Automobile emission controls have been in place around the world since the 1960s and have been tightened year after year. Exhaust particles mainly composed of carbon emitted by internal combustion engines in automobiles are on the decreasing trend, however, with the increasing importance of powertrain alternatives, non-exhaust emissions containing brake wear particles are becoming more significant. In recently, a standard test method for measuring brake wear emissions for passenger cars was developed by the Particle Measuring Program (PMP) (United Nations, 2023). This aim is to reproduce in a laboratory experiment a driving cycle based on the worldwide average braking pattern, with particle mass (PM) sampling and particle number (PN) measurements according to generally accepted methodologies. Although this method is the basis for future regulations, it is important to evaluate the chemical composition and physical properties in order to assess environmental effects. In this study, brake wear particles derived from passenger car brakes were measured by reproducing urban driving based on brake dynamometer experiments (Hagino et al., 2016). A commercially available front brake system complying with the ECE-R90 standard was used for the passenger car brakes. Realistic driving patterns were used to observe the characterization of emission levels, particle size, and chemical composition according to driving style, using the Worldwide harmonized Light duty driving Test for brake emissions (WLTP-Brake Cycle) (Mathissen et al., 2018), the California Brake Driving Cycle (CBDC) (California Air Resources Board, 2021), the realistic driving schedule defined by the EU co-funded project LOWBRASYS (Los Angeles City Traffic (LACT)) (zum Hagen et al., 2019), and the realistic driving schedule defined by the Tokyo Metropolitan Government (Tokyo mode), which includes congestion and high-speed driving. Los Angeles City Traffic (LACT), a realistic driving schedule defined by the EU co-funded project LOWBRASYS, and the Tokyo Metropolitan roads realistic driving schedule including traffic jams and highway driving (Tokyo Metropolitan Cycle No.1-11) (Tokyo Metropolitan Pollution Research Institute, 1977). PM10 and PM2.5 were measured using filter collections with cyclones respectively. PN were measured with two CPCs (CPC3750, TSI) with a minimum measurable particle size of 10 nm, one as total PN including volatile particles (TPN10) and the other as solid PN without volatile particles after catalytic thermal elimination (SPN10). The results of this study will contribute to the investigation of brake emissions of real-world driving cycles in different urban area, the implications of friction brake energy in those cycles, and further brake emission research.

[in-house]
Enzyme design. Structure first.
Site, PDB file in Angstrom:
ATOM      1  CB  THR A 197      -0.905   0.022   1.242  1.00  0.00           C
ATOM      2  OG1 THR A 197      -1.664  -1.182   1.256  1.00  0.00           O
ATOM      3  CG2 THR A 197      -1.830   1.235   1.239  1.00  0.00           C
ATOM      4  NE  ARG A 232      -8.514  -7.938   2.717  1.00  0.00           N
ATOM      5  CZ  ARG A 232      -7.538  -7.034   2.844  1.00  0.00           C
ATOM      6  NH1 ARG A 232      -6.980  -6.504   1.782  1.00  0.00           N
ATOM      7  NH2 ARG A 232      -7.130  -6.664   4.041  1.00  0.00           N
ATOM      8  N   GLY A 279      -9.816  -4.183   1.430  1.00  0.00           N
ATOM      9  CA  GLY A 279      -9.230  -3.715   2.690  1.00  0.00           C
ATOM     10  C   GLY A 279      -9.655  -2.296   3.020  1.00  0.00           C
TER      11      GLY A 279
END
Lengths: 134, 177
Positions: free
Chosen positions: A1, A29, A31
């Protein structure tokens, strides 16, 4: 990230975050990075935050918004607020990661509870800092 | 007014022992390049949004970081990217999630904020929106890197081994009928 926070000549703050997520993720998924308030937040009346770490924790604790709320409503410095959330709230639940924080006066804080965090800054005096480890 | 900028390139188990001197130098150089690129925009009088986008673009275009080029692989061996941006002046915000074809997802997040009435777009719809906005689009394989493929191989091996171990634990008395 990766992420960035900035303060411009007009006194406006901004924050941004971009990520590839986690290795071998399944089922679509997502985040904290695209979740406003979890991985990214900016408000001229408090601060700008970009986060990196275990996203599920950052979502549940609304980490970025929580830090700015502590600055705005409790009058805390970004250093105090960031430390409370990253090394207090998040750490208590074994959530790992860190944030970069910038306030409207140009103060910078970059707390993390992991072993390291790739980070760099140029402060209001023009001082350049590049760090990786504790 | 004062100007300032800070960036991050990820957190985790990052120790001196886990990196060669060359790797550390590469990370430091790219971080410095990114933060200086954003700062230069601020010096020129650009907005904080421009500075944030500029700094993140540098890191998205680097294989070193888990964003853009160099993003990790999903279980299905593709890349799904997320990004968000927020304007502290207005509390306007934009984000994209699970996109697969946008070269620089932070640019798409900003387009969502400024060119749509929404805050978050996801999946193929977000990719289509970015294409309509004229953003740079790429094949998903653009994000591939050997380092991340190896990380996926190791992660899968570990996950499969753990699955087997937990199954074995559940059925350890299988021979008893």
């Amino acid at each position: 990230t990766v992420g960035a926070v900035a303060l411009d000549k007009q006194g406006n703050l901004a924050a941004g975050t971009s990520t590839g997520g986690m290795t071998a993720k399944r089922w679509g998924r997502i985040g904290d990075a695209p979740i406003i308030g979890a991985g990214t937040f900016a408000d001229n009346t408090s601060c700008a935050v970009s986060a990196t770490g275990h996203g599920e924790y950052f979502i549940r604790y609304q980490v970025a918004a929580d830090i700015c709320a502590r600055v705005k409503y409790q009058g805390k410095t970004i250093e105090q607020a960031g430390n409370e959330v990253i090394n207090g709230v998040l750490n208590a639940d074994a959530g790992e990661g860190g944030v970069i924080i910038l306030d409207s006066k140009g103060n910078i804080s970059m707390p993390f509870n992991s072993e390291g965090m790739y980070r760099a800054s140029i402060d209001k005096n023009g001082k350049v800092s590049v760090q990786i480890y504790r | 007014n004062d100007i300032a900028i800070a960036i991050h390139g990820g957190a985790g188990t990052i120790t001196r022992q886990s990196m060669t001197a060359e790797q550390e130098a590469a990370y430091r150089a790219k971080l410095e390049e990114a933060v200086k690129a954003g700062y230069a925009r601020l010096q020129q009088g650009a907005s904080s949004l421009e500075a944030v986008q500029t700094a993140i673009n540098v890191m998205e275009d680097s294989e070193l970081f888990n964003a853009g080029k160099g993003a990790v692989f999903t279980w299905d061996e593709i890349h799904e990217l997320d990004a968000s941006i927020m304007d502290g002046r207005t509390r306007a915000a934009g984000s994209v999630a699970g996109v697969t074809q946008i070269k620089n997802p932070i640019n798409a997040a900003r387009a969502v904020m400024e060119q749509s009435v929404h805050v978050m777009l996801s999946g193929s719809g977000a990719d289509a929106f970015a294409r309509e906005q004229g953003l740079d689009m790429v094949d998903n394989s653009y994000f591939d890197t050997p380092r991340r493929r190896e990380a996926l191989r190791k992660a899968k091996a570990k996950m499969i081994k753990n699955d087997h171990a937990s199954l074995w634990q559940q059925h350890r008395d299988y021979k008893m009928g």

Dr. Hiroyuki Hagino, Senior Researcher, Japan Automobile Research Institute